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Observing the Commercial Real Estate Market Trends of 2017

The housing market remains strong but what about the national trend of the commercial real estate market? According to most economists, with a rising labor force, a bounding stock market, and a healthy housing industry, the commercial real estate market remains strong. Even so, there are a few trends savvy investors can look forward to in the coming years.

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Factors Strengthening the Commercial Real Estate Market

There’s a major shortage of homes available for sale. In fact, this time last year, there were 16 percent more homes on the market. Sellers have the upper hand during supply shortfalls. This makes for an unfavorable buyer’s market because only the most qualified buyers secure loans. Combined with tougher credit approvals, many would-be first-time buyers resort to leasing.

As a result, apartment occupancy is at a historic high. More renters require more places to rent, which explains the multi-unit high-rise national commercial real estate market trend. Places like New York, Atlanta, Chicago, and other cities with limited space have many large complexes already underway.

Another trend involves savvy investors purchasing inferior buildings and rehabbing the structure with the latest residential and mixed-use trends. Along these lines, some investors even converted prior warehouse/industrial buildings into multi-tenant complexes. This commercial real estate (CRE) trend continues gaining traction thanks to strengthening workforce numbers.

Urbanization: Catering to Baby Boomers and Millennials

The big cities get bigger and the small cities…also get bigger. This 2017 commercial real estate market trend began several years ago when baby boomers flocked to Southern and Midwestern urban areas. The onset of retirement sent many folks packing, seeking locales with a cheaper cost of living. Now, millennials factor into the equation and also seek affordable cities in which to raise a family.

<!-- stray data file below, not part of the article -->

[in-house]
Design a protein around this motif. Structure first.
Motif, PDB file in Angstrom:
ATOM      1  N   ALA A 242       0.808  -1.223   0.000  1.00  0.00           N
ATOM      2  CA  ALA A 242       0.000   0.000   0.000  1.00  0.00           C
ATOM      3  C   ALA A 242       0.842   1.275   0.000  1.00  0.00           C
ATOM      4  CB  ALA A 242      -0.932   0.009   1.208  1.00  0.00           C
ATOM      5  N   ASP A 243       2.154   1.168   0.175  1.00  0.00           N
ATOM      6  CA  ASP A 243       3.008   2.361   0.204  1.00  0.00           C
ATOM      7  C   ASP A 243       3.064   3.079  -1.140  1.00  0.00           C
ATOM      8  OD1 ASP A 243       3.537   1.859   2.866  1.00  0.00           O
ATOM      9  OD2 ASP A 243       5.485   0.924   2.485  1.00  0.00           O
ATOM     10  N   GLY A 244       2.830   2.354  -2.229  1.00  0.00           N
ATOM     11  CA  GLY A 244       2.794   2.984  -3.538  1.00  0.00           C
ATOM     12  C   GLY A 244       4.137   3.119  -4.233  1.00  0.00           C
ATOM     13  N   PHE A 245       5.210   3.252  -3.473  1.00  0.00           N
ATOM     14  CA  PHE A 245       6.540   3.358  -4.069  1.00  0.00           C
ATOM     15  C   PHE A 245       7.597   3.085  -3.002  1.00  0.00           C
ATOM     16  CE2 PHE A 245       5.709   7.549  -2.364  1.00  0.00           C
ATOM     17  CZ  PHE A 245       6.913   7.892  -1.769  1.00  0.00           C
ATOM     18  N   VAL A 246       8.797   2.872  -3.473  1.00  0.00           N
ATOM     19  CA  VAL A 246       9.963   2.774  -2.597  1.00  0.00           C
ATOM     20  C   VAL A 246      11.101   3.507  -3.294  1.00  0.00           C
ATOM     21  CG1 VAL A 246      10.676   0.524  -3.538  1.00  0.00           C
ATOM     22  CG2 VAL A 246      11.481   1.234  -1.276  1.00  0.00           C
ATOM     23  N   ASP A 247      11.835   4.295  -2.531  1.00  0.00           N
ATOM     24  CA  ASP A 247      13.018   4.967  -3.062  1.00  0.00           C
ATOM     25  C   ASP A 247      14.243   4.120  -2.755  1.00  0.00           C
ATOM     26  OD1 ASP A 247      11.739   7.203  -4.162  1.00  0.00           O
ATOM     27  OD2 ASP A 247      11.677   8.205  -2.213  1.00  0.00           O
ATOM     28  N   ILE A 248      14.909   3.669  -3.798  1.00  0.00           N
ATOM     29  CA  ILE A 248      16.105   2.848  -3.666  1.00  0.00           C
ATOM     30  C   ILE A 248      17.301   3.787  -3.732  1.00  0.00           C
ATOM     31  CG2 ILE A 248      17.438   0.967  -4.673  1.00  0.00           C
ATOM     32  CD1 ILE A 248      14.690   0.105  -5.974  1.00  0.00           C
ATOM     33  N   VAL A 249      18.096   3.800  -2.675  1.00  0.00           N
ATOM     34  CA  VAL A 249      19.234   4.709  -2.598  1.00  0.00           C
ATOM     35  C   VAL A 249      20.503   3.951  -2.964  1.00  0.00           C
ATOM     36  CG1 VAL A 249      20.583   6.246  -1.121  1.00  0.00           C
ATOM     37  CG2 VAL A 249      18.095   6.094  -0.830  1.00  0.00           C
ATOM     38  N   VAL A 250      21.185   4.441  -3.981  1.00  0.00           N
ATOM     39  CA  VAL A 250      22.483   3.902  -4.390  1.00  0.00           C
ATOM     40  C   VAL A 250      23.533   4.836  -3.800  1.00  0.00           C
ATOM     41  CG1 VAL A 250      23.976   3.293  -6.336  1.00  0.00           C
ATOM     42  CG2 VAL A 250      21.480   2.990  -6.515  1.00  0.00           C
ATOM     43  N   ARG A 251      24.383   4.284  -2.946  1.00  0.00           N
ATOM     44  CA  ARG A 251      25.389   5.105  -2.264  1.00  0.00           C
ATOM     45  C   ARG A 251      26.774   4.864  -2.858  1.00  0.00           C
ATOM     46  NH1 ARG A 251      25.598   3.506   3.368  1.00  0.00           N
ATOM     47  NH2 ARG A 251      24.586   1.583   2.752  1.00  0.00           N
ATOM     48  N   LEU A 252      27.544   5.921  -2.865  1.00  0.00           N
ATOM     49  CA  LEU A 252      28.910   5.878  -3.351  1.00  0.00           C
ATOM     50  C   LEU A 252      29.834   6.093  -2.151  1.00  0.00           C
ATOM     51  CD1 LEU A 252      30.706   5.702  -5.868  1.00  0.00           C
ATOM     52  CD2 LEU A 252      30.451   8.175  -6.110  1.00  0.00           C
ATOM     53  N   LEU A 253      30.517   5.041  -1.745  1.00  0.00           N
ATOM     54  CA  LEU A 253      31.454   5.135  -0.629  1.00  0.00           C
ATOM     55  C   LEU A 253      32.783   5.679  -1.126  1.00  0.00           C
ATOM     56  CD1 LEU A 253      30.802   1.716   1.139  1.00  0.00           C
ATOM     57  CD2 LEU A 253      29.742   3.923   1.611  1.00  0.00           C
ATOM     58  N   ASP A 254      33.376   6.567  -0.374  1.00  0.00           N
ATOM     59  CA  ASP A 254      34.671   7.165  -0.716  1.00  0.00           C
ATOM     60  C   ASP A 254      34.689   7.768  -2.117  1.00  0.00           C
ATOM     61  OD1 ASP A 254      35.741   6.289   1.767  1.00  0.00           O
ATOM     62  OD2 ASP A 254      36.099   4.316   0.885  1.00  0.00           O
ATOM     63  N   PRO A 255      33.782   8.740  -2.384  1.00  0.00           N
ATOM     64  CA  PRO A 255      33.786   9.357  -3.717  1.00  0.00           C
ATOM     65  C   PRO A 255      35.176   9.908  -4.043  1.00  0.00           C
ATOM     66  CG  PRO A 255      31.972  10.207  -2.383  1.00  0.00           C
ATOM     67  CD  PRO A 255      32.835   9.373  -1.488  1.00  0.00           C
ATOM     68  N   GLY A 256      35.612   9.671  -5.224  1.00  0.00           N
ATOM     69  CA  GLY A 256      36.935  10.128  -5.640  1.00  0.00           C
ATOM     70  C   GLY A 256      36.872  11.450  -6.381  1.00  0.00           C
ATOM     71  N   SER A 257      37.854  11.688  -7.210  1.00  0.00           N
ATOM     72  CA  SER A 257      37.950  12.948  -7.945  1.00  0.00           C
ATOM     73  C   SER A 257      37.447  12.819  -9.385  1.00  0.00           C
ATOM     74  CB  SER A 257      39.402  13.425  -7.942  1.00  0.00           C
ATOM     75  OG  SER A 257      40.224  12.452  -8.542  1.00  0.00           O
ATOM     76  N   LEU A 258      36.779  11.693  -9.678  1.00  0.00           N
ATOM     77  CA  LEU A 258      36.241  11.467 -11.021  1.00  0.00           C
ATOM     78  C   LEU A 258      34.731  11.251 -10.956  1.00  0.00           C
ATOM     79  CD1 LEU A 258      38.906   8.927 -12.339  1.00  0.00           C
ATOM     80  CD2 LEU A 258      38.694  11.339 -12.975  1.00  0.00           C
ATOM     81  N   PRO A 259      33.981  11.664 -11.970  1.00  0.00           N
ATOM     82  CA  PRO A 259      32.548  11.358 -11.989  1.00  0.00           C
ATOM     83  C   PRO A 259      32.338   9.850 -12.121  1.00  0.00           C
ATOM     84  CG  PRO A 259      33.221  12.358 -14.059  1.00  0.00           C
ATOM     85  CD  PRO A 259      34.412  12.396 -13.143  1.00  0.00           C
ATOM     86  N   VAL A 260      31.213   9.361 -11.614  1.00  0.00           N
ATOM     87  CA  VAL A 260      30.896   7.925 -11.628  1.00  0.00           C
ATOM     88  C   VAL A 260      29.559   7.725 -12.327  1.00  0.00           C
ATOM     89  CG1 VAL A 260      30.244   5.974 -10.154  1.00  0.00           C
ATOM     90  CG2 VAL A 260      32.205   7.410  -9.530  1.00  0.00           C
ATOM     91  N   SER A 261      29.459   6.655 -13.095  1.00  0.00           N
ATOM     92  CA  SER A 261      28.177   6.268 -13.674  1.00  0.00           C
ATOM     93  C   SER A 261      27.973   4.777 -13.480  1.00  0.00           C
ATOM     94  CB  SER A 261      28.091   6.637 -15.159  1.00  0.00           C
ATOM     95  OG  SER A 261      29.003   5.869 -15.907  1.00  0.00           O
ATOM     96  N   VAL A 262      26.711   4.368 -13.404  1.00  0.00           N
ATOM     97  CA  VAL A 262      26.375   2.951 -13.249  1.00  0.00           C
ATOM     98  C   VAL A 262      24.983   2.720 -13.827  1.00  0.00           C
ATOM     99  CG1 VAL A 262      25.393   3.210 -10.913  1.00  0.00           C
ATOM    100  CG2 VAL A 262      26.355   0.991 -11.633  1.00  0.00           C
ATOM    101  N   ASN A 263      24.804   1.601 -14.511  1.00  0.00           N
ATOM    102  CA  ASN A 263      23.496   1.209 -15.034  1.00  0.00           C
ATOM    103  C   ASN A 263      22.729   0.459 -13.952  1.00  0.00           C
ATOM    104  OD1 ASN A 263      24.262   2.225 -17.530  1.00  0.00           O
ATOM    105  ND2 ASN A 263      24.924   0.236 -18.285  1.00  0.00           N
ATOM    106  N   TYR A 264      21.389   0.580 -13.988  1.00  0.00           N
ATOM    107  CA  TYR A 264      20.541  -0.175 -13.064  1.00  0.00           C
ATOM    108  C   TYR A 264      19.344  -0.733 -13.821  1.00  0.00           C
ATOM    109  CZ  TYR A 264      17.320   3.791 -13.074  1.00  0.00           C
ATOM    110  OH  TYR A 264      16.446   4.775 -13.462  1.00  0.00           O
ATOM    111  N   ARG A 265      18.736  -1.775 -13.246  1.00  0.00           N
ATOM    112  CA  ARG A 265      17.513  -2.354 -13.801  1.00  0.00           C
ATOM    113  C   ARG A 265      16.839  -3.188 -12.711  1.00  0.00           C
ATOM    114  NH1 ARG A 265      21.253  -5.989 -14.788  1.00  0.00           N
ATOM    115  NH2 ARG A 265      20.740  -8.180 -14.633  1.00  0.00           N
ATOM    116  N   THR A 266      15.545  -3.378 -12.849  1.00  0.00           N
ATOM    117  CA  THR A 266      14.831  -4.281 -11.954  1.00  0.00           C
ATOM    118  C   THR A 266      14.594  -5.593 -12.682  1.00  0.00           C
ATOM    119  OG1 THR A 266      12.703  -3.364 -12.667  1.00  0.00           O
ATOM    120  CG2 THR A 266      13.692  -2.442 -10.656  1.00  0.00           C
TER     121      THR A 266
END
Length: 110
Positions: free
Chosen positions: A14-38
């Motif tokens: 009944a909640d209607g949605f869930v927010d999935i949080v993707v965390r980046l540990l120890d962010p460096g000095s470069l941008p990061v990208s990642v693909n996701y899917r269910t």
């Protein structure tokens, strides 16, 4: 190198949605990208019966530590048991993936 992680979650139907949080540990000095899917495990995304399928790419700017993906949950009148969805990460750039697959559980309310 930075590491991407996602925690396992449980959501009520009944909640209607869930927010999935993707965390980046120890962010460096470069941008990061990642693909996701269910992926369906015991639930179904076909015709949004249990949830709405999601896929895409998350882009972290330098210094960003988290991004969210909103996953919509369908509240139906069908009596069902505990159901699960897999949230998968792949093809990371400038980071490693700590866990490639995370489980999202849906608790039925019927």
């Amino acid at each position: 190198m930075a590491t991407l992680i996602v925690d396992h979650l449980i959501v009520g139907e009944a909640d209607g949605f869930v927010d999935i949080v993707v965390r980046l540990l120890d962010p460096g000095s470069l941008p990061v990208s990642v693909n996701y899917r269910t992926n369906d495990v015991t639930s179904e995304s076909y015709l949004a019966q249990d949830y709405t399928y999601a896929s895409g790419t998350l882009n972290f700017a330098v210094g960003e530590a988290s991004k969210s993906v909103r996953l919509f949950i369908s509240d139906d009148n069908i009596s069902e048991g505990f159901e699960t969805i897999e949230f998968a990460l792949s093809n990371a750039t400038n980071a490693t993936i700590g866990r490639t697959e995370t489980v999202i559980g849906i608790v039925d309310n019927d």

Many municipalities today report that millennials purchased the majority of the homes on the market. For example, in recent years, millennials accounted for 65 percent of home purchases in the Tampa, FL area. Investors began urbanizing areas several years ago with shopping centers, entertainment venues, and dining establishments. Today, many are reaping the rewards of their past investments.

While indoor malls struggle to survive, open-air combination centers (food, entertainment, shopping) attract throngs of people, young and old. Look for this trend to continue through 2017 as millennials and baby boomers populate more and more mid-sized metros.

Retail Space Succumbing to Online Shopping

It’s no secret, several retail giants have fallen to the online shopping experience. Circuit City, Blockbuster Video, Borders, RadioShack, Macy’s, J.C. Penney, and Sears have either closed their doors or filed for bankruptcy. At the same time, online giant Amazon, continues opening stores on college campuses and in city centers.

However, these Amazon storefronts provide more of a shopping experience than an actual retail location piled with goods. For CRE investors, expect more of these physical storefronts to complement retailers’ online presence and to showcase new arrivals. The traditional brick and mortar retail space is no longer a lucrative investment.

Office and Industrial Workspace Surging

With major auto and steel makers promising to keep and increase jobs in the states, the industrial environment remains a strong commercial real estate market trend. According to the National Association for Industrial Office Parks (NAIOP), warehouse, industrial, office, and retail projects employed more than 6.25 million people in 2016 and added over $800 billion to the US economy. It’s no surprise that states with the healthiest housing markets gained the most from CRE projects.

States that gained the most from office, industrial, warehouse, retail, and entertainment developments include the following.

  • Texas: Earned $44 billion, employed over 310,000 people from CRE projects
  • New York: Earned $46 billion, employed over 284,000 people
  • California: Earned $30 billion, employed over 211,000 people
  • Louisiana: Earned $19 billion, employed over 146,000 people
  • Florida: Earned $15 billion, employed over 134,000 people
  • Georgia: Earned $13 billion, employed over 103,000 people

Read the full NAIOP report here.

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